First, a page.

Virginia’s bloody 2013 gubernatorial race featured a lot of talk about a so-called “war on women,” but comparatively little attention was paid to the traditional imbalance favoring male political candidates in the commonwealth. Now, one prominent Republican is calling attention to it.
In a Facebook post on Saturday, Susan B. Stimpson, a prominent Stafford County Republican who lost a GOP nomination bid for the Lieutenant governor in 2013, declared: “Virginia is WORST in the nation in electing women to office. Everyone knows when you see a pattern there’s a reason for it.”
“The Virginia establishment on both sides wants you to believe that selecting candidates for office in Virginia is a fair process,” she continued. “But since the coin has landed ‘heads’ since 1607 in Virginia except for one time, it’s pretty safe to say it’s not random.”
Stimpson has a point. In the long history of Virginia only one woman, Attorney General Mary Sue Terry, has held statewide office. As of April, women constituted just 15 percent of the Virginia State Senate.
During the election (and in my postmortems), I argued that Stimpson might have been an asset to the Republican ticket, making it more difficult for the Democrats to play the “war on women” card. This is especially true when you consider that Stimpson would have been the first female Lt. governor in the state’s history.
Having said that, I’m skeptical of the conspiracy theory. Yes, it’s true the party’s State Central Committee can decide whether or not to hold a primary or a convention. But the notion this decision has anything to do with stopping women from competing or winning is absurd. If there are any institutional obstacles that would prevent a qualified female candidate from raising a lot of money and organized delegates to attend a convention, then I’m not aware of them.
Virginia Republicans might well have made a mistake by passing over Stimpson, but her insinuation that the game is somehow rigged by the establishment sounds like sour grapes.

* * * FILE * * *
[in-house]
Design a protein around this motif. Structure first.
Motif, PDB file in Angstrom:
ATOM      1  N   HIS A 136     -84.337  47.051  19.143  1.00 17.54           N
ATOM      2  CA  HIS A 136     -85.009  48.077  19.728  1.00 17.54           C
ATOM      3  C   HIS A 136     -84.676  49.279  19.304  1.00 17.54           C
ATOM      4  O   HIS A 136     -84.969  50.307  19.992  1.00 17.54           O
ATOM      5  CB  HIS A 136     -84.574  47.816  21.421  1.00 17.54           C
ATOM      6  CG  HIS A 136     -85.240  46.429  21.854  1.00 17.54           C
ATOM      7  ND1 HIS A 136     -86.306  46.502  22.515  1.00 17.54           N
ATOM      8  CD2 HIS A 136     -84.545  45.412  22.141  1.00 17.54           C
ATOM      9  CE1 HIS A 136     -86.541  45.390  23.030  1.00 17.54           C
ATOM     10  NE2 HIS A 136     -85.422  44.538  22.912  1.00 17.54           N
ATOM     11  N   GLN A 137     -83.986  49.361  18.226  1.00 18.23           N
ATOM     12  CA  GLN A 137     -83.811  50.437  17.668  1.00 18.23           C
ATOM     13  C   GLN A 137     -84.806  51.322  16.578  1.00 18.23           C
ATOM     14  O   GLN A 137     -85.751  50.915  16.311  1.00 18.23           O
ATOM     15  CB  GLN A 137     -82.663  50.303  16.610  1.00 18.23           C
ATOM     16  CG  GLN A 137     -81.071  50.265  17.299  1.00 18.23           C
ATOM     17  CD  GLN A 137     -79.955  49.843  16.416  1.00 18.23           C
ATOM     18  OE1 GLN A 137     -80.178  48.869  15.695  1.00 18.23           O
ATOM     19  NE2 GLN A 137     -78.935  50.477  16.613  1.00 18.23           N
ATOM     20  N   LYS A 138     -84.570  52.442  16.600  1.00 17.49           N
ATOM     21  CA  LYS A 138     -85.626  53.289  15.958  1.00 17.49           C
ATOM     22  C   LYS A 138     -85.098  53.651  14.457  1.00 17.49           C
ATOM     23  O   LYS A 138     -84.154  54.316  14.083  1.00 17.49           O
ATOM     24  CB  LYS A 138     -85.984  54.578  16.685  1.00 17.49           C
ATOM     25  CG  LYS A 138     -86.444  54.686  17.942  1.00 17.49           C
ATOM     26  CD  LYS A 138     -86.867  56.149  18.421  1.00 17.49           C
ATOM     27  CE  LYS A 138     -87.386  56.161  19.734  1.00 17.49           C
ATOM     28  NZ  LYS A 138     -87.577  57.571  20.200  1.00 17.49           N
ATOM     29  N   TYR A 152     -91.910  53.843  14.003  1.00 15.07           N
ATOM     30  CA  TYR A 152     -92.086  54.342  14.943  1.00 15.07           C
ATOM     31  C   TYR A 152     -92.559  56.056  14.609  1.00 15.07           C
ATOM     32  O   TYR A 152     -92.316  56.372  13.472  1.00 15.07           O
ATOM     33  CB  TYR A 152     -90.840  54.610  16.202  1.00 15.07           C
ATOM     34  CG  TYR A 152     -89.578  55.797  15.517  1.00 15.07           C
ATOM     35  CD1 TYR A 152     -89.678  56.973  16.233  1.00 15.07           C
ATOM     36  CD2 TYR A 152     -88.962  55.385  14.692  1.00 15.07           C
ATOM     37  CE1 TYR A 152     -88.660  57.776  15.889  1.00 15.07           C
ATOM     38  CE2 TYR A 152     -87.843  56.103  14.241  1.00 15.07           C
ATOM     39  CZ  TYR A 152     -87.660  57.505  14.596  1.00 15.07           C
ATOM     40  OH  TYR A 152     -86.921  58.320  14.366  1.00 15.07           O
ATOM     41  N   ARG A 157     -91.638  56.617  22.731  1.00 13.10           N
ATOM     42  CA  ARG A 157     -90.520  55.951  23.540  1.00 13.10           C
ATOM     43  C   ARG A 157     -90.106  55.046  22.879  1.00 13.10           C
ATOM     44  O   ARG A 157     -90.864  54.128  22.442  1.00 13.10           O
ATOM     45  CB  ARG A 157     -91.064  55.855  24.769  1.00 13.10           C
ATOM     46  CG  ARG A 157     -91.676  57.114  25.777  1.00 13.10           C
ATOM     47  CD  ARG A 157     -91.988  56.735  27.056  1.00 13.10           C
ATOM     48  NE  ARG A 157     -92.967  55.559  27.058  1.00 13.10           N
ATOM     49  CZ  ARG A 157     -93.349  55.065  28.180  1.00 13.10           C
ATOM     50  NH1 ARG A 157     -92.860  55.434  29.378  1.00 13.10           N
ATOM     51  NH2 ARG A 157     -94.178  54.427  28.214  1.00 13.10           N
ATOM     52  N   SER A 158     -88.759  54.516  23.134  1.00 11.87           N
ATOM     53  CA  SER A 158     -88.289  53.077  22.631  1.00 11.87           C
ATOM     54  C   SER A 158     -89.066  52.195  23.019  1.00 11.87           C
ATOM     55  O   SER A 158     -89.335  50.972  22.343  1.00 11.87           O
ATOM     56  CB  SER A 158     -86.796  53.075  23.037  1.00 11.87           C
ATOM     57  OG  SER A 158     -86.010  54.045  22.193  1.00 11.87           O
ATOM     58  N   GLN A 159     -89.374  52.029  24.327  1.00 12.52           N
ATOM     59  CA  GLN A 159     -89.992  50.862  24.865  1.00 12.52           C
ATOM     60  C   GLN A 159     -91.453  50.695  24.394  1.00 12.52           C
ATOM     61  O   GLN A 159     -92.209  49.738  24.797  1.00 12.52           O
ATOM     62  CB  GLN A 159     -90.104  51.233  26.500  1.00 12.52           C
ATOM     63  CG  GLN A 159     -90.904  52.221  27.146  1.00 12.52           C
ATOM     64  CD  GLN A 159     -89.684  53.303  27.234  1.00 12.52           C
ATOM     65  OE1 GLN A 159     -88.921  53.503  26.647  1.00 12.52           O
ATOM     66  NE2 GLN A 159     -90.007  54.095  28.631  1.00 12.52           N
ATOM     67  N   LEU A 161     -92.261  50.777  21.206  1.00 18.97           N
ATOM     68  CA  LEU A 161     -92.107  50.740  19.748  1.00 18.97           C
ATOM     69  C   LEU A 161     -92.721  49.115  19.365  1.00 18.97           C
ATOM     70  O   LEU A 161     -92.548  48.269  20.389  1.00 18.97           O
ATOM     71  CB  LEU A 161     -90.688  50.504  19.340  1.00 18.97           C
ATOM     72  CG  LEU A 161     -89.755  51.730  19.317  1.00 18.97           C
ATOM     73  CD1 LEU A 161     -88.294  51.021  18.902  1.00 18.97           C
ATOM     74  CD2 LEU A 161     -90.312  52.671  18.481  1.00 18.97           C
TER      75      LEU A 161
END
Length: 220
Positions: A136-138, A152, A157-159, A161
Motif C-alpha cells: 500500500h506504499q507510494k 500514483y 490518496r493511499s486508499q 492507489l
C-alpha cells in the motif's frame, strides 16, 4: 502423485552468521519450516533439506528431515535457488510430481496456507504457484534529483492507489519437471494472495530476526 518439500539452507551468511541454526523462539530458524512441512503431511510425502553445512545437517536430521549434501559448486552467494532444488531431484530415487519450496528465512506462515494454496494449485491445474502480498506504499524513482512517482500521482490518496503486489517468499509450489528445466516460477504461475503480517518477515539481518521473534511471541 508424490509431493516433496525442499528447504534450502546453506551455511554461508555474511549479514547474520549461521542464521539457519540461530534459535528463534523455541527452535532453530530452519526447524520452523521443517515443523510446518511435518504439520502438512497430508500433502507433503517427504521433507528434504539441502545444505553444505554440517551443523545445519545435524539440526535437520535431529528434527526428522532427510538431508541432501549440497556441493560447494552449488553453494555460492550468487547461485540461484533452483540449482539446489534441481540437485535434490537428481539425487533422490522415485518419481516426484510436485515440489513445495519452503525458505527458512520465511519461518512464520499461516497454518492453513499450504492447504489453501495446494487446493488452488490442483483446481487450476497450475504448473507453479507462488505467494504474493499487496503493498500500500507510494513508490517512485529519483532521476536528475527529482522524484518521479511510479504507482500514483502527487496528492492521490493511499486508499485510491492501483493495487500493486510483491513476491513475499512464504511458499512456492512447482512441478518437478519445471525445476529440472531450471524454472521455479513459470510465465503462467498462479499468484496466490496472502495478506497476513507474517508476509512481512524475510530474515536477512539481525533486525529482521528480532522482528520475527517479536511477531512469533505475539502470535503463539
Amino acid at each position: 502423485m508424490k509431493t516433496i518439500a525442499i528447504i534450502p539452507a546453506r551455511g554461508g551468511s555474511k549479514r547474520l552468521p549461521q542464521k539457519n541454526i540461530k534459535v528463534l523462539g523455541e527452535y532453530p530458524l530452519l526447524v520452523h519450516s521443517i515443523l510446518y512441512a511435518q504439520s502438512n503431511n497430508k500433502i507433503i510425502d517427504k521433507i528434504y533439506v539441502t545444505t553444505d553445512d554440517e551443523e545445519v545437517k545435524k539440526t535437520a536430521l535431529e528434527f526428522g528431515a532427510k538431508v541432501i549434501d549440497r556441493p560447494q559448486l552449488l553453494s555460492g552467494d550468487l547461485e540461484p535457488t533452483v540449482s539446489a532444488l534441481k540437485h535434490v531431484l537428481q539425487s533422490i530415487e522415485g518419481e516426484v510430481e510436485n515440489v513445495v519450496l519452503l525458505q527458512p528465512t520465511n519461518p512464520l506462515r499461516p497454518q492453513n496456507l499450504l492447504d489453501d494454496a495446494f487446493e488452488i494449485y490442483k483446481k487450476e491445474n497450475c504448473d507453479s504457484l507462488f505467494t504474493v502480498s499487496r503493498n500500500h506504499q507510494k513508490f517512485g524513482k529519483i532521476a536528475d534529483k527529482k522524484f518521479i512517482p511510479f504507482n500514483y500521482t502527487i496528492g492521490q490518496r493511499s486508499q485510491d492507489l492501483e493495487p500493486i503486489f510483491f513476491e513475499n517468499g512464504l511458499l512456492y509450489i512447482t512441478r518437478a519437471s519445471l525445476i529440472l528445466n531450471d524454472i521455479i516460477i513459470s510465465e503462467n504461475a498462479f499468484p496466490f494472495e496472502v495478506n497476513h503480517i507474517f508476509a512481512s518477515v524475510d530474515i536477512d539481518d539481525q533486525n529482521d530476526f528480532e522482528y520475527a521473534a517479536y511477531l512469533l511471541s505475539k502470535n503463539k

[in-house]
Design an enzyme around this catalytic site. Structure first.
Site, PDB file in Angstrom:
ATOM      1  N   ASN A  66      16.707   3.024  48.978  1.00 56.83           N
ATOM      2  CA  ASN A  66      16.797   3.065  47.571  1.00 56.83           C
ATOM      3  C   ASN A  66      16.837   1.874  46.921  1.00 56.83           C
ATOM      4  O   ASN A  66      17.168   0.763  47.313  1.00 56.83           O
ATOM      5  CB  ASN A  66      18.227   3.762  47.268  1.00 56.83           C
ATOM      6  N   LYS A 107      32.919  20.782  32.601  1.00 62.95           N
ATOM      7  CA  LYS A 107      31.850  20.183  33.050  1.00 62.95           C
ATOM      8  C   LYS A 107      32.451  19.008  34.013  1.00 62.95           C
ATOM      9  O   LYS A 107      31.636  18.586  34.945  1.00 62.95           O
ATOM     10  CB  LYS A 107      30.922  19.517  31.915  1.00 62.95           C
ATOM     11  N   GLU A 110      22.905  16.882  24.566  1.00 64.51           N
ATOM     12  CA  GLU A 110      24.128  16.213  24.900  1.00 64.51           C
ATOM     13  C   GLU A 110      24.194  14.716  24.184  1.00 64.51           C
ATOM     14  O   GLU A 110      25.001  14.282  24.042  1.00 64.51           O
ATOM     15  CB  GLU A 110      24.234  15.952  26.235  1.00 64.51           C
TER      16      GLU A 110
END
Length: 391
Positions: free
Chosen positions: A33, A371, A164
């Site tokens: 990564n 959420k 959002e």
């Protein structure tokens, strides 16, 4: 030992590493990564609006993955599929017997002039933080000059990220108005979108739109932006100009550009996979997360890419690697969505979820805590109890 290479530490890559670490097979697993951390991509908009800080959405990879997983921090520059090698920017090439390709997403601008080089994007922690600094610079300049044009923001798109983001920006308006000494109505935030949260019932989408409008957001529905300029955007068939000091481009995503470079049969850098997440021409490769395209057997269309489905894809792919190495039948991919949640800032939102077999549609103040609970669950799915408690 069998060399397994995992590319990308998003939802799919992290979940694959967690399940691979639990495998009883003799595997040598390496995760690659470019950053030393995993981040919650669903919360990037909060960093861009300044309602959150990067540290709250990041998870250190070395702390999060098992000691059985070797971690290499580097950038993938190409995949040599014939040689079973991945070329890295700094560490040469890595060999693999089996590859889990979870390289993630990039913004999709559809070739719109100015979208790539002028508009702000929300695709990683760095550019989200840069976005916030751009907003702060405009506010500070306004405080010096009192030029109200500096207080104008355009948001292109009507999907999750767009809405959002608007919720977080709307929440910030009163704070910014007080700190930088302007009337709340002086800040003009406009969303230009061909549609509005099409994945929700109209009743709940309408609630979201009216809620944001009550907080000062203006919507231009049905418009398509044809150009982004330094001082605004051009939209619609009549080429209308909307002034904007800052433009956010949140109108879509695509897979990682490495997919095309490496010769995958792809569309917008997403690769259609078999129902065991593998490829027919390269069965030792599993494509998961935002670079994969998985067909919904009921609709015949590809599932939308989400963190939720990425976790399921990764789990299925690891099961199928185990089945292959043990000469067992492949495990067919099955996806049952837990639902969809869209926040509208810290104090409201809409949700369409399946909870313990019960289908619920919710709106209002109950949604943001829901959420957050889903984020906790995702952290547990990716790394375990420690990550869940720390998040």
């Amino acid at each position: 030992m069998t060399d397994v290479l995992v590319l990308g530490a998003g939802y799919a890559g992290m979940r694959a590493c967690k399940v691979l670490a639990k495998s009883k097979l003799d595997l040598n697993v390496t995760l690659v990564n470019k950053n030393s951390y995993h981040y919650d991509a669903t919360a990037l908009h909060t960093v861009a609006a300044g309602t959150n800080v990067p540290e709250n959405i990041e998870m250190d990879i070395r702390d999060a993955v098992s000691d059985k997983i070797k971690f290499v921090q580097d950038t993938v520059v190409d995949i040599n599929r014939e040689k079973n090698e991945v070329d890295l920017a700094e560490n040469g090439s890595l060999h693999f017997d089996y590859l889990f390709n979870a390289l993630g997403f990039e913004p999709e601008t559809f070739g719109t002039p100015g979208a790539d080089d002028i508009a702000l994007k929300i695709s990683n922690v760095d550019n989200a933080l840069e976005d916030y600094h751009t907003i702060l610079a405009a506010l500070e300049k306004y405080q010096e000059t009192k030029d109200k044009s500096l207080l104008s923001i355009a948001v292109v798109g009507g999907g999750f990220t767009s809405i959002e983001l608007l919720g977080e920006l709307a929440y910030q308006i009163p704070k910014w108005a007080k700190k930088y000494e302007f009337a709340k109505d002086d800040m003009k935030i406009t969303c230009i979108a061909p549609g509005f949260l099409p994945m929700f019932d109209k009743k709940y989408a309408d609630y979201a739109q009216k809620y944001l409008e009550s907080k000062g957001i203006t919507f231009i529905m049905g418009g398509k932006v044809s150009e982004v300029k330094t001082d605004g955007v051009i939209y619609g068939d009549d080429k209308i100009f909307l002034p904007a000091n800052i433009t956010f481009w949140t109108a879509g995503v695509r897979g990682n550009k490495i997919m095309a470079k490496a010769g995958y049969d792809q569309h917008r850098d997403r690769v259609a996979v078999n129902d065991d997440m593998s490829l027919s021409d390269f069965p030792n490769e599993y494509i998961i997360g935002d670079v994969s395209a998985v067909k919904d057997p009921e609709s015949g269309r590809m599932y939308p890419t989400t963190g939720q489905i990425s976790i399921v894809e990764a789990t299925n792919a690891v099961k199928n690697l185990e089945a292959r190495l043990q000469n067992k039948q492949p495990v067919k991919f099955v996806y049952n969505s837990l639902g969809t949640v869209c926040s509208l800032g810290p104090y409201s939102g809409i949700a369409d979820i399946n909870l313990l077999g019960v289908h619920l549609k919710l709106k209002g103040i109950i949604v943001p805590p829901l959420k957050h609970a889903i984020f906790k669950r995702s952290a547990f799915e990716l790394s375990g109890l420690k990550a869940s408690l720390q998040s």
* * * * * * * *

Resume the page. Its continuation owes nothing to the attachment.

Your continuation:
Read Stimpson’s full post here:
“Virginia is WORST in the nation in electing women to office. Everyone knows when you see a pattern there’s a reason for it. For example, if I flip a coin 20 times and I get ‘heads’ 20 times, I don’t need someone to tell me it’s a 2 headed coin. It becomes obvious. And it’s a problem for both the Republicans and the Democrats. The Virginia establishment on both sides wants you to believe that selecting candidates for office in Virginia is a fair process. But since the coin has landed “heads” since 1607 in Virginia except for one time, it’s pretty safe to say it’s not random.”
UPDATE: Stimpson and I emailed back and forth a bit about her Facebook post. Here’s an excerpt that might help to clarify her thinking on the subject — and why she decided to speak out:
“If I can encourage more women to run for office by talking about this problem and get our party to be more aware that we aren’t helping women get to the general ballot, then that’s good. I don’t have enough facts or data to prove the ‘why’ we are the worst in the nation at electing women, I can only point out that it is happening. Clearly there is something within the established process causing it. I don’t think it’s because of primaries or conventions because both methods of nomination are producing the same results for both parties.
“‘Conspiracy’ means I think it’s a secret plan and I certainly don’t have any evidence to prove that!
“Could it be that out of all 50 states Virginia has the least number of women interested in running for office? It’s possible but not likely. Could it be that the money in politics goes toward male candidates? Possibly. Could it be subconsciously among the established leaders that they gravitate toward male candidates? I just don’t know the exact why. I have anecdotal evidence of my own which the data in the study confirms but that’s really all I have as to the proof of ‘why’ it’s happening.”